“If God brings you to it, he will bring you through it.”
Over the last twenty years, a new message is being preached. A new gospel has emerged and some of the largest churches in America are preaching this new doctrine. It has been referred to as the “prosperity doctrine” preached by the “word of faith” churches. The “name it and claim it” nick name really describes this theology. If you name and claim something in faith, then God is compelled to give you what you ask.
This theology is “I” centered rather than “God” centered. It is about what the person wants that is beyond what God may want. The teaching is that God wants all of His followers to have material gain and all it takes is to command God, in faith believing, and God has to acquiesce to your prayers; no matter the circumstances. If you do not gain the wealth, you didn’t have enough faith. The preachers of the doctrine teach their followers to claim everything from homes (large luxurious) and cars (Mercedes, BMW, Cadillac), to large bank accounts. There is no end to what you can demand from God.
That great Bible teacher and Theologian C. H. Spurgeon said: I believe that it is anti-Christian and unholy for any Christian to live with the object of accumulating wealth. You will say, “Are we not to strive all we can to get all the money we can?” You may do so. I cannot doubt but what, in so doing, you may do service to the cause of God. But what I said was that to live with the object of accumulating wealth is anti-Christian.(1)
One of their teachings, centers on the phrase – “If God brings you to it, he will bring you through it.” This doctrine does not take into account what the circumstances surrounding the trial are. This so-called promise states, if you are facing problems in your life then God will bring you through it. It does not matter that it may be the judgment of God on the believer for sin in their life; God will make them more than conquerors. They use, as their proof text, 1 Corinthians 10:13 “There hath no temptation taken you but such as is common to man: but God faithful, who will not suffer you to be tempted above that ye are able; but will with the temptation also make a way to escape, that ye may be able to bear.”
They take this verse to say that if God brings you to an event in your life, then He will equip you to go through the event. The problem with most of this egocentric and cutesy theology is that this verse is taken out of the context in which it was written. This verse is related to overcoming our “lust after evil things” as found earlier in the text (I Corinthians 10:6) and the temptations man faces to do evil. When we are meeting temptations head on, and we ask God for help, God is faithful to help you “escape” or overcome the temptation if we call on His name. These were “ensamples and written for our admonition, upon whom the ends of the world are come (I Corinthians 10:11).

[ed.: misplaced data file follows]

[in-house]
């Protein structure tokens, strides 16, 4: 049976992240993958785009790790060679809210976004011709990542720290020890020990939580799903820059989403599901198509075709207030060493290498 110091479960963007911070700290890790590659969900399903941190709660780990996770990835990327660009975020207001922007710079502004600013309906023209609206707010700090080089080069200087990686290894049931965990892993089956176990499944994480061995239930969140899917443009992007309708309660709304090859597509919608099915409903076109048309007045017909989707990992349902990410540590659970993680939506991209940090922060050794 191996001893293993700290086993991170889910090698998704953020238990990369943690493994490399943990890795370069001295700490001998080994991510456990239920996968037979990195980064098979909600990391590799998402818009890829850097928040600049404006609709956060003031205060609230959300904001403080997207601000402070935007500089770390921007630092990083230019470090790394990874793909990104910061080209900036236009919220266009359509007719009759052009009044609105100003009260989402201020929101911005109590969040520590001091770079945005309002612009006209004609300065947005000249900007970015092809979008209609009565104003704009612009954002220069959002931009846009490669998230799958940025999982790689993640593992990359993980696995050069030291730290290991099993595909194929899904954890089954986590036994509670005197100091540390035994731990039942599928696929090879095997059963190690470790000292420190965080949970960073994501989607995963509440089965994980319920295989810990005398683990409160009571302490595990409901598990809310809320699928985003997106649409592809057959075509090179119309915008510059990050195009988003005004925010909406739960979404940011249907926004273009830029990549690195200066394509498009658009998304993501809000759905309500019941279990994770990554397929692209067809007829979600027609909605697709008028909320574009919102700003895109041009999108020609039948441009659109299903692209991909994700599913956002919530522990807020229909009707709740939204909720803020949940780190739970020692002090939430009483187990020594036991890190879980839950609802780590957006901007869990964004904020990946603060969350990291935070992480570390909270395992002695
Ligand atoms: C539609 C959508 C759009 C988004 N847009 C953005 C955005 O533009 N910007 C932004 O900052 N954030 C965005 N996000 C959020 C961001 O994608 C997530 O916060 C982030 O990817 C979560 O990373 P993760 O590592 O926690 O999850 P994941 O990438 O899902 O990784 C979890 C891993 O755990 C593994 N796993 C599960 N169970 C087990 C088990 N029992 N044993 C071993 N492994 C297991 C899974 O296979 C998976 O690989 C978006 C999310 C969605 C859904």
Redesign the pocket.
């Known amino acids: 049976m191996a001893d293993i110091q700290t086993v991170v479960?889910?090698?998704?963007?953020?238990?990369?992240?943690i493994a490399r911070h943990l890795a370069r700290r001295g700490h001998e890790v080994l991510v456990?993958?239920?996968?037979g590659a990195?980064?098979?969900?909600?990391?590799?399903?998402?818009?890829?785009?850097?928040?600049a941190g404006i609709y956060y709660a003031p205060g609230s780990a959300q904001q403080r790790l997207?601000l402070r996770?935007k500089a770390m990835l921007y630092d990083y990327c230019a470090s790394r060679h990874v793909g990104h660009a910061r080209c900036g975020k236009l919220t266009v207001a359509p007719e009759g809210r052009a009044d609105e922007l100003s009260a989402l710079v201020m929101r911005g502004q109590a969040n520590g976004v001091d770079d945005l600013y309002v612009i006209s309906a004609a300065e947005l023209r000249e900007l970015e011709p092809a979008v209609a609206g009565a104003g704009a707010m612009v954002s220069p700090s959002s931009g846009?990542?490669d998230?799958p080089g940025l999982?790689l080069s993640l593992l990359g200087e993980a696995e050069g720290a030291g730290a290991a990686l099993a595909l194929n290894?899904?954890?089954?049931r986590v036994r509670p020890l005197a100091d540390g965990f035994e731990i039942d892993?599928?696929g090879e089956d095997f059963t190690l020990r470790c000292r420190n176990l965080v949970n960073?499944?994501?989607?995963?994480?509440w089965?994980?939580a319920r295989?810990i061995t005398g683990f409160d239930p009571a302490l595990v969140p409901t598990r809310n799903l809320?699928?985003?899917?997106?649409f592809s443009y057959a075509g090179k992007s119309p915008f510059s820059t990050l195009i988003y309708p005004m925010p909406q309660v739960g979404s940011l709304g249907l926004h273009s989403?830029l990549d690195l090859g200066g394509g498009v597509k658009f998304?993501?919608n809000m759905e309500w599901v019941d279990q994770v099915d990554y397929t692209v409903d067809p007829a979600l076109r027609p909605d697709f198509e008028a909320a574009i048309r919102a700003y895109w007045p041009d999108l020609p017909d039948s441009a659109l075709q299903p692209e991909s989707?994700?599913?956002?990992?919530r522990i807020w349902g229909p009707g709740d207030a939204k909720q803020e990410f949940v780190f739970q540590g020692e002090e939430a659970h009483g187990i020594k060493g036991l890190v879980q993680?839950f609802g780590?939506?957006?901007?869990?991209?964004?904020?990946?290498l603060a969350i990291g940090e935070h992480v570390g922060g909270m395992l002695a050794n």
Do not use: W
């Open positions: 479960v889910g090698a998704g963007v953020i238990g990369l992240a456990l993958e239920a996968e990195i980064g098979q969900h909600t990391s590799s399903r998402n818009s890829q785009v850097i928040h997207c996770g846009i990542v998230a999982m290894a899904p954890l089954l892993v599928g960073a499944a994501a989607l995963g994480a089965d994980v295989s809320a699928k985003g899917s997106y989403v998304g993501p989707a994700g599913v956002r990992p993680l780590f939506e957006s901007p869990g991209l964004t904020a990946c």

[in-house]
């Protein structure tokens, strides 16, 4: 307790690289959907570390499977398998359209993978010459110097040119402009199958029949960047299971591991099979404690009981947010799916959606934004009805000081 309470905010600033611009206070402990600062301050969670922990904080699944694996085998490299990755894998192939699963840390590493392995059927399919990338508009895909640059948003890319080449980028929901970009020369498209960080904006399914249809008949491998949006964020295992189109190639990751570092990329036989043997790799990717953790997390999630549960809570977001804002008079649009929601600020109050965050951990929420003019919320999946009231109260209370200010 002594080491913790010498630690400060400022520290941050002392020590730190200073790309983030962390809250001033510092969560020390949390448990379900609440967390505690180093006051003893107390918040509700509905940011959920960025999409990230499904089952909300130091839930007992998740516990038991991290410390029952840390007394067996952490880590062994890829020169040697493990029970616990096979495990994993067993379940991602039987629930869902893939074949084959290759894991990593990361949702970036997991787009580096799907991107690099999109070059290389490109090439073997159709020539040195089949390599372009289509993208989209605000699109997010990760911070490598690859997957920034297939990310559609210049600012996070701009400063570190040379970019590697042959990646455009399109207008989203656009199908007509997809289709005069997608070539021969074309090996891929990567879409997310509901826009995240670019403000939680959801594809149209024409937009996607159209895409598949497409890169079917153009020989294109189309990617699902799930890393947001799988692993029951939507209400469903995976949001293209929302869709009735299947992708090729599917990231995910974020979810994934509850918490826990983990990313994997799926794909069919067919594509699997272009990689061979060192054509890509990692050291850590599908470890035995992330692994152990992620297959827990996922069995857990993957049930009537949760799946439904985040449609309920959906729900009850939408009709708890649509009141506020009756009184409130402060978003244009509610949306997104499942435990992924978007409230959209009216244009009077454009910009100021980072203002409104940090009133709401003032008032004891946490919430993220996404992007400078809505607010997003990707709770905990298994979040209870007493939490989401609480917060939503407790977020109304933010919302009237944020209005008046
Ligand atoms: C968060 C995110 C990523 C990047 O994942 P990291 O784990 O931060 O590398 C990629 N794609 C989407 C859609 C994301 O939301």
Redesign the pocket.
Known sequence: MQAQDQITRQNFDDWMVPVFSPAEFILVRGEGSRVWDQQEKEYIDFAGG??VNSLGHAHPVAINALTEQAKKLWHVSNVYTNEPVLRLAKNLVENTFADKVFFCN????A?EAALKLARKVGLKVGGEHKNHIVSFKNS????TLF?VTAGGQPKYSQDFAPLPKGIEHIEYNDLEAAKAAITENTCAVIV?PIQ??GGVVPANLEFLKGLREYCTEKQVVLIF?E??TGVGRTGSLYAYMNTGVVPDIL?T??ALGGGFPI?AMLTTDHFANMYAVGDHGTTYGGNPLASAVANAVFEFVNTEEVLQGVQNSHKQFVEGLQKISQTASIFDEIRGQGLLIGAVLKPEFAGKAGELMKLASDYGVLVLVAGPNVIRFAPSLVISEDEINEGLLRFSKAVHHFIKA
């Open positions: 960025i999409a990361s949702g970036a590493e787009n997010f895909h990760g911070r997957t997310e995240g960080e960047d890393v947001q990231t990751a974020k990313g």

The context of this verse is NOT that when we go through trials, “If God brings you to it”, that God will bring you through the trial”. The trial is for you to overcome. Trials are for growth not for bypassing. I am not saying that we cannot seek God while going through trials, quite the contrary, but to say that God will do all the work, “God will bring you through it” is just not accurate.
Temptations on the other hand to do evil are covered in the Apostle Paul’s statement to the Church at Corinth, “There hath no temptation taken you but such as is common to man: but God is faithful, who will not suffer you to be tempted above that ye are able; but will with the temptation also make a way to escape, that ye may be able to bear it.” There is a big difference between trials and temptations. The failure in this cutesy theology is leaving out the next verse; “Wherefore, my dearly beloved, flee from idolatry.” 1 Corinthians 10:14.
When we see the “wherefore” we ought to see what it is “therefore”. In this case the previous text concerns temptations and not trials. Wherefore followers of Jesus should flee from worship of anything other than God. For example, homes, cars and large bank accounts.
When going through temptations, we can rely on God and His promise that the LORD “will not suffer you to be tempted above that ye are able; but will with the temptation also make a way to escape, that ye may be able to bear it.” Paul warns us to flee from anything that takes the place of God.
(1) 2,200 Quotations from the Writings of Charles H. Spurgeon (Grand Rapids: Baker Book House, 1988), 216.